Allocation of Railway Rolling Stock for Passenger Trains

E. Abbink, B. van den Berg, L.G. Kroon, M. Salomon

Research output: Working paperDiscussion paperOther research output

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Abstract

For a commercially operating railway company, providing a high level of service for the passengers is of utmost importance.The latter requires a high punctuality of the trains and an adequate rolling stock capacity.Unfortunately, the latter is currently (2002) one of the bottlenecks in the service provision by the main Dutch railway operator NS Reizigers.Especially during the morning rush hours, many passengers cannot be transported according to the usual service standards due to a shortage of the rolling stock capacity.On the other hand, a more effective allocation of the available rolling stock capacity seems to be feasible, since there are also a few trains with some slack capacity.The effectiveness of the rolling stock capacity is determined mainly by the allocation of the train types and subtypes to the lines.Therefore, we describe in this paper a model that can be used to find an optimal allocation of train types and subtypes to train series.This optimal allocation is more effective than the manually planned one, which is accomplished by minimizing the shortages of capacity during the rush hours.The model is implemented in the modeling language OPL Studio 3.1, solved by CPLEX 7.0, and tested on several scenarios based on the 2001-2002 timetable of NS Reizigers.The results of the model were received positively, both by the planners and by the management in practice, since these results showed that a significant service improvement over the manually planned allocation can be achieved within a shorter throughput time of the involved part of the planning process.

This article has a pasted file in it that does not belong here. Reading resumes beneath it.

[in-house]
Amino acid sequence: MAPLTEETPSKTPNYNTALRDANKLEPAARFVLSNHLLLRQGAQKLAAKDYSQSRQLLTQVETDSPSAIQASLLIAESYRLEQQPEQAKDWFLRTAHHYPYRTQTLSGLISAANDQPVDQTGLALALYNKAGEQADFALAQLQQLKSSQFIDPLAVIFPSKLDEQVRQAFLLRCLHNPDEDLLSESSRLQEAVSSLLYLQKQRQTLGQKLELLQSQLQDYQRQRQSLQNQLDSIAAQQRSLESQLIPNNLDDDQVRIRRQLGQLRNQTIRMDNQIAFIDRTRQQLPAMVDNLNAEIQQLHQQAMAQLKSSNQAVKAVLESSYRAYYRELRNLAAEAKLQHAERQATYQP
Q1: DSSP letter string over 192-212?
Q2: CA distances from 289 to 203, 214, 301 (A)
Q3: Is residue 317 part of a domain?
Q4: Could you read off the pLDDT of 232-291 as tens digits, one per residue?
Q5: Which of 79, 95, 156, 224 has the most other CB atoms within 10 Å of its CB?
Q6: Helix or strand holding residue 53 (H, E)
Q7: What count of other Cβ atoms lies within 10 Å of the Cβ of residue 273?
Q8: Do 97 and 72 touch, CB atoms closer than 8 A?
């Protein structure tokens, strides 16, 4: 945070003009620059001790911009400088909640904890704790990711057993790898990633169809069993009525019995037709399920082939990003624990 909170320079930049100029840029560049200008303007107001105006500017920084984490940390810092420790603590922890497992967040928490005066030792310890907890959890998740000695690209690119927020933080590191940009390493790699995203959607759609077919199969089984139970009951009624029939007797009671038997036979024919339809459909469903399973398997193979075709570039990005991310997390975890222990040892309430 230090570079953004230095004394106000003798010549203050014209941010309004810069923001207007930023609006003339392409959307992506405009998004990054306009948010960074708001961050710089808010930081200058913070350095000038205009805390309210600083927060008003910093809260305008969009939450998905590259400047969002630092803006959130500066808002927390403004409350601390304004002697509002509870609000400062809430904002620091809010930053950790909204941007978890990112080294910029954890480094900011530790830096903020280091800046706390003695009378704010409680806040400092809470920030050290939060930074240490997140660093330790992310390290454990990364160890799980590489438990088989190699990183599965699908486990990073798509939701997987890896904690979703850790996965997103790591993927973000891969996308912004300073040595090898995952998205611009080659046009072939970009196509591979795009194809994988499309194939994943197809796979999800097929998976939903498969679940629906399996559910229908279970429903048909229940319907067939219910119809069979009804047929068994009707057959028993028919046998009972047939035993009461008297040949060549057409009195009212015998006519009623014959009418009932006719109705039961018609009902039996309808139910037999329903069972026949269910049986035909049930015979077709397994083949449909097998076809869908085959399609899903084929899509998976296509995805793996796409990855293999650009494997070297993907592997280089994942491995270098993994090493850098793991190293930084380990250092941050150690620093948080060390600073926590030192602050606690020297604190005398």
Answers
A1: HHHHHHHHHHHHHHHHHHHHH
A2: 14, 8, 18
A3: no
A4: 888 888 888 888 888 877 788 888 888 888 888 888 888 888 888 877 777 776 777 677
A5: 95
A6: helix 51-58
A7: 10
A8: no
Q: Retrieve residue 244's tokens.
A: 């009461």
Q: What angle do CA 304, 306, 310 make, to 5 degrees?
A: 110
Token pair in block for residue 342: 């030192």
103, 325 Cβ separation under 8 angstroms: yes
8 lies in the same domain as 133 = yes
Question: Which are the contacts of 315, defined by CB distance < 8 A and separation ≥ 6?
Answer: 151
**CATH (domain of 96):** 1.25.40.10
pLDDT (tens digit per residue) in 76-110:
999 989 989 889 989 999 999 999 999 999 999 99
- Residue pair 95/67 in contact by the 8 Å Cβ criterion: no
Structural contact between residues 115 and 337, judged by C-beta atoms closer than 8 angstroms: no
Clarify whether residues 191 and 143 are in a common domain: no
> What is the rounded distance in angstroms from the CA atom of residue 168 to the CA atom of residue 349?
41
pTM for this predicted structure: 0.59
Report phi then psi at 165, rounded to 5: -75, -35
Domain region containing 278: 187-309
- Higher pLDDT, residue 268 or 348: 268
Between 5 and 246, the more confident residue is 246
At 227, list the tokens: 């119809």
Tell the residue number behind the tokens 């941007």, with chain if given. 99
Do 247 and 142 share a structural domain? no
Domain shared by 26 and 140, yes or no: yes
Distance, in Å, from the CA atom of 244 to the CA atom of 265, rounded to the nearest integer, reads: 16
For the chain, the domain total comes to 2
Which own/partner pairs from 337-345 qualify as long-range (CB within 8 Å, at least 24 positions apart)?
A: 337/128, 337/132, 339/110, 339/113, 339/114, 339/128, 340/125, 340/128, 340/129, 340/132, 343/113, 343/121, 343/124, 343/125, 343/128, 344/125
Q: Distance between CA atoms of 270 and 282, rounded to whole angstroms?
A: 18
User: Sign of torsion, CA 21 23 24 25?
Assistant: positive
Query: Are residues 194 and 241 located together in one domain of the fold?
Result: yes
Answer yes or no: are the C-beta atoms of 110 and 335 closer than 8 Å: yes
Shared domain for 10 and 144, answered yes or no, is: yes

Original languageEnglish
Place of PublicationTilburg
PublisherOperations research
Volume2002-43
Publication statusPublished - 2002

Publication series

NameCentER Discussion Paper
Volume2002-43

Fingerprint

Train
Railway
Shortage
Optimal allocation
Scenarios
Service provision
Level of service
Planning process
Throughput
Service improvement
Language modeling
Operator

Keywords

  • planning models
  • allocation
  • rail transport
  • The Netherlands

Cite this

Abbink, E., van den Berg, B., Kroon, L. G., & Salomon, M. (2002). Allocation of Railway Rolling Stock for Passenger Trains. (CentER Discussion Paper; Vol. 2002-43). Tilburg: Operations research.
Abbink, E. ; van den Berg, B. ; Kroon, L.G. ; Salomon, M. / Allocation of Railway Rolling Stock for Passenger Trains. Tilburg : Operations research, 2002. (CentER Discussion Paper).
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Abbink, E, van den Berg, B, Kroon, LG & Salomon, M 2002 'Allocation of Railway Rolling Stock for Passenger Trains' CentER Discussion Paper, vol. 2002-43, Operations research, Tilburg.

Allocation of Railway Rolling Stock for Passenger Trains. / Abbink, E.; van den Berg, B.; Kroon, L.G.; Salomon, M.

Tilburg : Operations research, 2002. (CentER Discussion Paper; Vol. 2002-43).

Research output: Working paperDiscussion paperOther research output

TY - UNPB

T1 - Allocation of Railway Rolling Stock for Passenger Trains

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AU - Salomon, M.